If you are a regular reader of this blog (which I so hope you are!), you might know how I have had to push myself to start making rice dishes. And I am glad that I have come this far to not only making this authentic Hyderabadi Biryani but also enjoying it to the core.
I loved this Veg Biryani, I really did. Although I still have to develop the taste the strong and pungent whole spices in rice, since they tend to put me off sometimes. So personally I would keep the quantity a notch down than this recipe. But for those who love rice in any form and enjoy it on its own without Dal or any vegetable aside, this is a wonderful dish which is loved all across the world and fairly easy to make.
What is Biryani?
Biryani is a rice based Indian/Pakistani dish, popular in the areas of Muslim majority. The most common and loved form is Chicken Biryani. But with time, it has been modified to adopt other forms like Mutton Biryani, Lamb biryani and this vegetarian version- Vegetable Biryani.
An authentic Biryani is traditionally slow cooked on “dumm” which literally means choking off the steam and not allowing it to pass. This ancient technique of cooking on dumm is what that gives biryani its uniqueness and originality. And this is how the biryani gets that deeply absorbed, medley of flavours and aroma.
The rice along with vegetables (or meat) and spices is half cooked and then kept in a sealed container – usually clay pots (also known as handi in India) which are sealed tightly with wheat flour dough. This ensures the steam doesn’t get a pass. The food gets cooked in its own steam and juices on a slow fire infusing the flavors and aroma of its own herbs and spices. Nutrients are not lost in this process making this a fairly rich and nutritious dish to have.
This tradition of dum pukht has its roots in Persia where the dishes were prepared, sealed and then buried in hot sand to mature. From there it was brought to the Awadh region of India and with time, the technique got evolved and mixed with various regions and community. And now its used in variety of cuisines such as Hyderabadi, Mughlayi, Punjabi etc. In fact, it has rooted its presence in the Western Countries in the form of Slow Cooker. The slow cooking technique is becoming common day by day due to its convenience and flavourful results.
Traditionally the Hyderabadi Biryani was made with Lamb, gradually the range widened to other options like Chicken, Mutton and Vegetable as well. But the main cooking technique or process remains more or less the same. Some whole spices (as called “Khade Masale” in Hindi) and some spice powders (like Garam Masala) are used to give rice the taste everyone relishes.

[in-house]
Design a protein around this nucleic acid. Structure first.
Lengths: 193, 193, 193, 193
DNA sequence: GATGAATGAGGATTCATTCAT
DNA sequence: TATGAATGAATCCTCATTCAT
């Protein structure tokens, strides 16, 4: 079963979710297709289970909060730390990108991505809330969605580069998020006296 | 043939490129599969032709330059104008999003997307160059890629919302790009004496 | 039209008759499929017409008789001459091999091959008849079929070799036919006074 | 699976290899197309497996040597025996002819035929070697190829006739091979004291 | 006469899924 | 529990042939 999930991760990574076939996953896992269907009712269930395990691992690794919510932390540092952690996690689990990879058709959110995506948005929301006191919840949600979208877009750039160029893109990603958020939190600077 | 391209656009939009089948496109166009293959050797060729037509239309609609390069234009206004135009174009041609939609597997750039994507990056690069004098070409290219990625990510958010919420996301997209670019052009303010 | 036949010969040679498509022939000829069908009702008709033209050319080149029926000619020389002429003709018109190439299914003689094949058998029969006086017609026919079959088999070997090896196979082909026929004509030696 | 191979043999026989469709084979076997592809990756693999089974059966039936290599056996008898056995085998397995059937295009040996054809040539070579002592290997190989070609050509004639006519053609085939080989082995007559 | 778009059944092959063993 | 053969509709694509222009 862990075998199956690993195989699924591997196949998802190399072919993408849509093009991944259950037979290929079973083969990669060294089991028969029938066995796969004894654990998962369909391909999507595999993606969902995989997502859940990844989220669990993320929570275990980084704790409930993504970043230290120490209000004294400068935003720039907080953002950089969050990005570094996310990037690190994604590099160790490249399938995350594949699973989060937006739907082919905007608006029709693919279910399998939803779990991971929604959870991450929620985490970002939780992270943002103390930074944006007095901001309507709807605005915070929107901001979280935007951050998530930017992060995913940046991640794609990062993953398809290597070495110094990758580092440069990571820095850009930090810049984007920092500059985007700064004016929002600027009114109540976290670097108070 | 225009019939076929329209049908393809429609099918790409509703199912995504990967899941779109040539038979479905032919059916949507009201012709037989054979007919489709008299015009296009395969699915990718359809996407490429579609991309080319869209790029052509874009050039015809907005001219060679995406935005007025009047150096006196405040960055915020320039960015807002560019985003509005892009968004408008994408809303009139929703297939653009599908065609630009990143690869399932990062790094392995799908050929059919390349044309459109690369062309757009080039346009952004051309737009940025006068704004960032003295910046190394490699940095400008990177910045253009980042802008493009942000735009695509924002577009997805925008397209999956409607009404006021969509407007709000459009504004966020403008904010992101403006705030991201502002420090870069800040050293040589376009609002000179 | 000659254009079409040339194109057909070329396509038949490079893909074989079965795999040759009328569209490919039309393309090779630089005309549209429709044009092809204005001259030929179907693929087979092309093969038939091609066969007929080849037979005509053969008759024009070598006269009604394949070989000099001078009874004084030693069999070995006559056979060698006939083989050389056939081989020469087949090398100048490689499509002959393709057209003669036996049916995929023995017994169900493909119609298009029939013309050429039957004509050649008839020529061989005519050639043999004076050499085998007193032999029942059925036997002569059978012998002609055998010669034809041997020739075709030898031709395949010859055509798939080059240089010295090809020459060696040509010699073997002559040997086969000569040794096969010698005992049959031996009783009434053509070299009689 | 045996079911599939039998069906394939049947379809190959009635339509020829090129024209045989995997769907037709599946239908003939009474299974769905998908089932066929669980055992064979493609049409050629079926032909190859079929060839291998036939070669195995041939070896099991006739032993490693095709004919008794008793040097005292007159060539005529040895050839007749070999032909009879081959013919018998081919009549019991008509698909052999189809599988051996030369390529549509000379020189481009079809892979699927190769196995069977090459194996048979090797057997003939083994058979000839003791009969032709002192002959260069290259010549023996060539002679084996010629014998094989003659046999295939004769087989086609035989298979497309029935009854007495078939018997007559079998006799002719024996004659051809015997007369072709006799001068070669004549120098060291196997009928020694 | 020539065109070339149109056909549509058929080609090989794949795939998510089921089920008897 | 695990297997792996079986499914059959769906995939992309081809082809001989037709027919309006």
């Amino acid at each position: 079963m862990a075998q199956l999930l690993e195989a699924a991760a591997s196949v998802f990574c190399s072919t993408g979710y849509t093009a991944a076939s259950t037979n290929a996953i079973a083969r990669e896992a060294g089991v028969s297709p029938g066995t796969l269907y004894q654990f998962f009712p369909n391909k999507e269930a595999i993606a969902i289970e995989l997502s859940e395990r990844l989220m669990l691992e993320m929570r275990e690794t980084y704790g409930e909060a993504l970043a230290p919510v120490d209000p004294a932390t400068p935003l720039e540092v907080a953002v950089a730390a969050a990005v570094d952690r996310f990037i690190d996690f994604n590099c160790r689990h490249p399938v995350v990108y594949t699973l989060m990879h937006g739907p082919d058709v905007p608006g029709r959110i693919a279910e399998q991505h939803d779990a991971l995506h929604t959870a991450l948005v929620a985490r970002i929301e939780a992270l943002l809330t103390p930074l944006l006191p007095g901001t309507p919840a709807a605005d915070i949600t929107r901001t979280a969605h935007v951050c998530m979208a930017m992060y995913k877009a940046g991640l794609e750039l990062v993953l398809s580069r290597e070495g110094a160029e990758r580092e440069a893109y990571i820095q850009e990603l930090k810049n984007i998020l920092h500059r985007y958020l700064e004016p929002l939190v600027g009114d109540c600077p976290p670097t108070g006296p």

The best part is that despite of the strong flavours from Garam masala, onions and yoghurt thoroughly infused in the vegetables, you could taste the unique bland taste of rice as well. The long procedure might terrify you, I understand. But once you have tried it once, it gets easier with time. And then you can play around with the recipe according to your own preferences and taste, keeping the basic process the same. I have a quick version on the blog too- low calorie vegetable biryani, which gets ready fairly quickly but with less oil and hassle.
So lets learn how to make this immensely popular and loved dish- Hyderabadi Biryani.
Serves:– 3-4 people
Accompaniments: Chilled raita like Mint raita, Spinach raita, Spring onion raita and my favourite- roasted garlic raita OR simple dal like Gujarati dal, Kacche aam ki dal, Moong dal fry or lehsuni dal etc.
Hyderabadi Vegetable Dum Biryani – On stove top and oven, both versions explained
For cooking rice:
- 2 cups Basmati rice (rinsed properly a few times and then soaked for an hour )
- 1 ½ tsp cumin seeds jeera
- 1 tbsp Oil
For the spiced vegetables:
- 3 cups of assorted veggies of your choice – chopped into cubes or sliced equally (I used carrot potatoes, green peas, broccoli and cauliflower)
- 2-3 green chillies slit opened
- 1 tbsp Ginger garlic paste
- 1 tsp Biryani masala powder I used MDH Hyderabadi Biryani Masala
- 1 tsp Red chilli powder
- ½ tsp Turmeric powder
- 1 cup fresh thick Yogurt I used Greek yogurt
- 4 Green cardamoms badi elaichi
- 1 Black cardamom hari elaichi
- inch About 1 long Cinnamon stick dalchini
- 2 leaves Bay tej patta
- ½ tsp Shah jeera
- 1 Star anise chakra phool
- 4 tbsp cooking oil I used sunflower oil
- ½ tbsp Saffron strands
- ¼ cup warm milk
- ¼ cup Mint leaves chopped finely
- Few coriander sprigs cilantro/dhaniya
- ½ cup cashews + 1 tbsp ghee or oil for sauté them
To fry Onions:
- 2 medium sized Onions
- 1 tsp Corn flour
- tbsp Oil for frying – almost 4-5 only half of which will be used and you can drain the remaining and use it for the tadka paste
To cover the pot during the dumm process:
- cup A clean cotton kitchen towel OR about a of chapatti dough gundha atta
First fry the onions:
Chop the onions thin length wise and mix with corn flour in a bowl. Use your hands to coat properly.